The human rights group Liberty has failed in its legal bid to put an end to the Investigatory Powers Act.
The law permits mass monitoring of connected devices to enable intelligence agencies to extend surveillance and government knowledge. But the legislation, branded the “Snoopers’ Charter” by its detractors has come under heavy criticism.
Liberty has been leading the charge to bring down the Investigatory Powers Act, claiming that it allows legalised mass hacking to take place.
Earlier this week, the High Court heard how the extent of the new legislation is lawful, a ruling that Liberty says it intends to appeal against.
Lawyers representing the human rights activists say that information harvested by UK security agencies includes details such as personal data, browsing histories, apps that individuals have downloaded, login credentials and location data.
Liberty claimed human rights law was being violated because the warrants involved did not cover gathering data in bulk. As such, the information would be stored for far longer than the expiry of the warrant.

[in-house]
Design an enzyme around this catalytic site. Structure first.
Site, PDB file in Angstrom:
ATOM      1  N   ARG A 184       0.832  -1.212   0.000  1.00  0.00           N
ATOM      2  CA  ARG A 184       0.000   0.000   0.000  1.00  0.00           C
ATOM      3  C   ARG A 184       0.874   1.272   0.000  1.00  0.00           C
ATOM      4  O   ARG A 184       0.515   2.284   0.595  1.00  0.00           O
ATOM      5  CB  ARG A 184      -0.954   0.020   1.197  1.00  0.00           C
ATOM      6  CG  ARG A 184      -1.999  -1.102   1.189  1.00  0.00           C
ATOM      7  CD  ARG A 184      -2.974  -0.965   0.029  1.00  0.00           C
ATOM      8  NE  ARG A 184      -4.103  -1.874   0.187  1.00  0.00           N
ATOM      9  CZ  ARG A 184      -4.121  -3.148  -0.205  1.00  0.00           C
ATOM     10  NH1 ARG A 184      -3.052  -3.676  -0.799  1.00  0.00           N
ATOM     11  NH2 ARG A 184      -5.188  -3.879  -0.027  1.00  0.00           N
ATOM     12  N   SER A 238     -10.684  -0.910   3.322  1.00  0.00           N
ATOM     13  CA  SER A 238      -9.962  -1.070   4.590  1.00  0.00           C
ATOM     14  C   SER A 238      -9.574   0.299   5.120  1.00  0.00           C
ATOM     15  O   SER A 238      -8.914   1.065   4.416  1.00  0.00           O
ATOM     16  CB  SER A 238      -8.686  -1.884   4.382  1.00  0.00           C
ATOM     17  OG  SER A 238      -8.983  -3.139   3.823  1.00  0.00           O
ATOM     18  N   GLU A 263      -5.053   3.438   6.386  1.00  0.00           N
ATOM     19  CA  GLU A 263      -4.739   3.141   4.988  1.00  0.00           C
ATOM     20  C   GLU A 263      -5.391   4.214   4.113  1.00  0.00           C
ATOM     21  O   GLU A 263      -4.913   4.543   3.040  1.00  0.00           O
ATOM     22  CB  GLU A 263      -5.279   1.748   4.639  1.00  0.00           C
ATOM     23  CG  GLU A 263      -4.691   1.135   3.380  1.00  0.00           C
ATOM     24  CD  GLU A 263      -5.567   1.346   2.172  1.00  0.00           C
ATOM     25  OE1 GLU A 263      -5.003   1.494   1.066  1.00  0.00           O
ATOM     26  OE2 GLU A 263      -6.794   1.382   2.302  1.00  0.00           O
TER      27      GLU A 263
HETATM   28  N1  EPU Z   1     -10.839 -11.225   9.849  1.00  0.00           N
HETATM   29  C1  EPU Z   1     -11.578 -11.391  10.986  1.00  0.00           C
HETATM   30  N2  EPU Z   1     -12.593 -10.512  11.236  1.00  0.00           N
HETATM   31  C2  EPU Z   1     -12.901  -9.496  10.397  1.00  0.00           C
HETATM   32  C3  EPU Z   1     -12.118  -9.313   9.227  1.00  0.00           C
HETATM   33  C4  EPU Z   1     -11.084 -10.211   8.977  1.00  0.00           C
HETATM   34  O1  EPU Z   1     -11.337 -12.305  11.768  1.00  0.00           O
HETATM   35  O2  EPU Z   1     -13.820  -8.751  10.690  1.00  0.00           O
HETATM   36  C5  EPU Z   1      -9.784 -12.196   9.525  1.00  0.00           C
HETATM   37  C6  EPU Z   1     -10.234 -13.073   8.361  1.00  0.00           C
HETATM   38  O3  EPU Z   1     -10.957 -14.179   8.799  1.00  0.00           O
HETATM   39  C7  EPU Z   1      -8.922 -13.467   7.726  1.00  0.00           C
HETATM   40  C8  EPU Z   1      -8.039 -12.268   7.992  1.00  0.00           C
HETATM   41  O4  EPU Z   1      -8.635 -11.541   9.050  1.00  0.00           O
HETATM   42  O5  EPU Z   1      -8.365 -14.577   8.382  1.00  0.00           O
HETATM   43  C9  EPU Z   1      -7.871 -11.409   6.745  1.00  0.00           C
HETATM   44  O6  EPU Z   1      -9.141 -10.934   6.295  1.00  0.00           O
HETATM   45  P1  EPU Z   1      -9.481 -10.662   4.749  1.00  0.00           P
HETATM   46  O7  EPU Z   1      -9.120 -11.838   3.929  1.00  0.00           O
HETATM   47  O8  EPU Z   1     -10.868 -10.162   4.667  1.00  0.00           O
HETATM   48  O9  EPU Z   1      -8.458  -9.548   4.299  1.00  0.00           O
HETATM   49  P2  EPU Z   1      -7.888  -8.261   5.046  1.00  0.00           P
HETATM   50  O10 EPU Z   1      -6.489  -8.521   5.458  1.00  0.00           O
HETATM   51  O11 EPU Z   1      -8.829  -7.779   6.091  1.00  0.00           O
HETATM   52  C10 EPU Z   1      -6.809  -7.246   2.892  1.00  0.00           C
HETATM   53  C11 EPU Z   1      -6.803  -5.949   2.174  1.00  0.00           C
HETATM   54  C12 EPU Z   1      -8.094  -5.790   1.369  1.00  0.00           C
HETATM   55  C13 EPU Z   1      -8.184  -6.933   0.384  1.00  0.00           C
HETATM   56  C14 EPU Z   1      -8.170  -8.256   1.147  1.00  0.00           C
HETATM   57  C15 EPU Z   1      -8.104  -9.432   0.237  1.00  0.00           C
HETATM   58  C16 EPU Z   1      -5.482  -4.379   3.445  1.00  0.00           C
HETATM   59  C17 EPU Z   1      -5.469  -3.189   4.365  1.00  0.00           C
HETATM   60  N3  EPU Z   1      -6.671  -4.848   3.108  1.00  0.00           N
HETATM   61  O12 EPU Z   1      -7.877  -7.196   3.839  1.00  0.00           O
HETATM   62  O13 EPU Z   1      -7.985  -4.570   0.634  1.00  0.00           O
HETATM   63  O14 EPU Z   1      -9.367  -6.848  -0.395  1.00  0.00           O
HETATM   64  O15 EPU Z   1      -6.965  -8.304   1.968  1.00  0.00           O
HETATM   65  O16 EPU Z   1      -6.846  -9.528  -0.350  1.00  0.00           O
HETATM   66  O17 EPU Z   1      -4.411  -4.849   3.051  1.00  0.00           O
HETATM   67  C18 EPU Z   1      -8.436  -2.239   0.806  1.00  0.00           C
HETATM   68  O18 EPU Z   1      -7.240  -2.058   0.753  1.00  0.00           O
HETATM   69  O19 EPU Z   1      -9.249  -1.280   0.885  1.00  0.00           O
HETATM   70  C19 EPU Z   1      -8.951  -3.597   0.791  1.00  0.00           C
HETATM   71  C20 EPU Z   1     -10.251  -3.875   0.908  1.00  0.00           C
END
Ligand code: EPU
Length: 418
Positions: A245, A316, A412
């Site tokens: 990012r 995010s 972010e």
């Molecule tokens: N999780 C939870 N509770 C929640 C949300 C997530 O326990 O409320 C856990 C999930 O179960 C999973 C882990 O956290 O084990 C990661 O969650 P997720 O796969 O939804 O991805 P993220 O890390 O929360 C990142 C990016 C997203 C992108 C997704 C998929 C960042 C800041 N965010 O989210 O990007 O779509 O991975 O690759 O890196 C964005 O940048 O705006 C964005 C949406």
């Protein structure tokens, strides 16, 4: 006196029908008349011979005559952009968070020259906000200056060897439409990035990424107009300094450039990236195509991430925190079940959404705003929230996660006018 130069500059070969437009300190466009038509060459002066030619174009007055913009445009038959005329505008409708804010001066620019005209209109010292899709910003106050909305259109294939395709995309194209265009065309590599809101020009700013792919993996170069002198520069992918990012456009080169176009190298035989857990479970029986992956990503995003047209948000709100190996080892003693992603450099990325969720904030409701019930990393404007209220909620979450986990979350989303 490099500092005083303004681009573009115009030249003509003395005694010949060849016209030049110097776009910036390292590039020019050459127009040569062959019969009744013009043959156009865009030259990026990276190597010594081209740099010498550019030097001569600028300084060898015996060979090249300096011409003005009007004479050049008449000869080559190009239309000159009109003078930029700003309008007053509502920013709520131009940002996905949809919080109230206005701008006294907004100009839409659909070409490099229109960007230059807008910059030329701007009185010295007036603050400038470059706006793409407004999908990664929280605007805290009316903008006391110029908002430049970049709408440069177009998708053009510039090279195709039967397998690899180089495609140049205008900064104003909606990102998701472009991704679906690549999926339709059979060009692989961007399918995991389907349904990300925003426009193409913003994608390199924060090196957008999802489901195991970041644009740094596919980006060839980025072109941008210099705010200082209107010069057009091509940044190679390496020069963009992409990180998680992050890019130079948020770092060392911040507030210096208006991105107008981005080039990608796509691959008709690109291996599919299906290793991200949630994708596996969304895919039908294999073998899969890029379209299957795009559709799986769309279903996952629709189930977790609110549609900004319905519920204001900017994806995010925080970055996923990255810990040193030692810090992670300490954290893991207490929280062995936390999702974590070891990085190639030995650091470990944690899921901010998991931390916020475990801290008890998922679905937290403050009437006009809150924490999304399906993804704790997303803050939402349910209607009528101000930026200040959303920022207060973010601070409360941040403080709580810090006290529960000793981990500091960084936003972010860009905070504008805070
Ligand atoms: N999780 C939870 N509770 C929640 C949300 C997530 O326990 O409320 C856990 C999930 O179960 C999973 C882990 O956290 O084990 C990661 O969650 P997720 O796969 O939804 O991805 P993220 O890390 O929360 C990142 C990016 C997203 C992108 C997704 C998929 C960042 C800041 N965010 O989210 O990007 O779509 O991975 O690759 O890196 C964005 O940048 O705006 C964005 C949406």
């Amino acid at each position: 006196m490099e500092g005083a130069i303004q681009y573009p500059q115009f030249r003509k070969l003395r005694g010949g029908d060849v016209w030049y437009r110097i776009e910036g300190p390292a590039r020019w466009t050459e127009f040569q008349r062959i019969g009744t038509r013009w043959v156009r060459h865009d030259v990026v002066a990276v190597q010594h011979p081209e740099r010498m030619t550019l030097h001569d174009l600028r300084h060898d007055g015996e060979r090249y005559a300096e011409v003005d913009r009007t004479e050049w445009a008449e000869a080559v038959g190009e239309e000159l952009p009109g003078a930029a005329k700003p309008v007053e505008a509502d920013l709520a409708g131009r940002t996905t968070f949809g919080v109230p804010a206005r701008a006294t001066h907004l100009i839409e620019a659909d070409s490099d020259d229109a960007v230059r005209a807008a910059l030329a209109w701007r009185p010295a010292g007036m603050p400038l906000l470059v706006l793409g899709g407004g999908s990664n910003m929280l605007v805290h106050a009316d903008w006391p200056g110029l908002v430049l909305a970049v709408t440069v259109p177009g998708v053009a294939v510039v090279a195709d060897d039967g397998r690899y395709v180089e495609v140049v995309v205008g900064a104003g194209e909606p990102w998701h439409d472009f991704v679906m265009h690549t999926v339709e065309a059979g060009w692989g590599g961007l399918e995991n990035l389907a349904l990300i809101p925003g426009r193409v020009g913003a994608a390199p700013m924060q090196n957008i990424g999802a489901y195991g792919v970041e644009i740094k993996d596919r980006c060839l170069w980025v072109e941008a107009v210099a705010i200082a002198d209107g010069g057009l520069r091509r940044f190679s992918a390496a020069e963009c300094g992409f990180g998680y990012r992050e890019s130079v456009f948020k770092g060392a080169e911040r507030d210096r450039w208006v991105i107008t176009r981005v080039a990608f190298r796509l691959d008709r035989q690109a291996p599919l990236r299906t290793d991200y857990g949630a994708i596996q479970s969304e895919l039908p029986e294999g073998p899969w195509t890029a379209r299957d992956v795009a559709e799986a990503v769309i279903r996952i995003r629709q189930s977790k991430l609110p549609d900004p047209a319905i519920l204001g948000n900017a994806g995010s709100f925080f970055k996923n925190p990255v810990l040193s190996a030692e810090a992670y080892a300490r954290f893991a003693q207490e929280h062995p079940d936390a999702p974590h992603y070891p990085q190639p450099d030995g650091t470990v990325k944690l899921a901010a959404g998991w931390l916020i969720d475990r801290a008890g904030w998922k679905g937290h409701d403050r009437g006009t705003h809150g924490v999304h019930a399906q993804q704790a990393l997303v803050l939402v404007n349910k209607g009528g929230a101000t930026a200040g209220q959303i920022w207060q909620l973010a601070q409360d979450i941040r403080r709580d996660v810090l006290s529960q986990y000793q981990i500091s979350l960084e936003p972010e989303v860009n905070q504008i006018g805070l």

The National Union of Journalists supported the case, saying that more safeguards need to be put in place to protect confidential sources used by journalists.
However, Liberty’s claim was dismissed, with the High Court hearing that the Act was sound.
“We have reached the conclusion that the safeguards in [IPA] are sufficient to prevent the risk of abuse of discretionary power and the Act is therefore not incompatible with the [European Convention on Human Rights] on the ground that it does not comply with the concept of law,” the judges’ ruling said.
Representing the government, Sir James Eadie QC, said the IPA strikes appropriate balance between security and individual privacy”, and underlined how the law’s powers are of “critical importance to, and are effective in securing, the protection of the public”.
Liberty lawyer, Megan Goulding said:
“This disappointing judgment allows the government to continue to spy on every one of us, violating our rights to privacy and free expression.
“We will challenge this judgment in the courts, and keep fighting for a targeted surveillance regime that respects our rights.”
“These bulk surveillance powers allow the state to hoover up the messages, calls and web history of hordes of ordinary people who are not suspected of any wrongdoing.”
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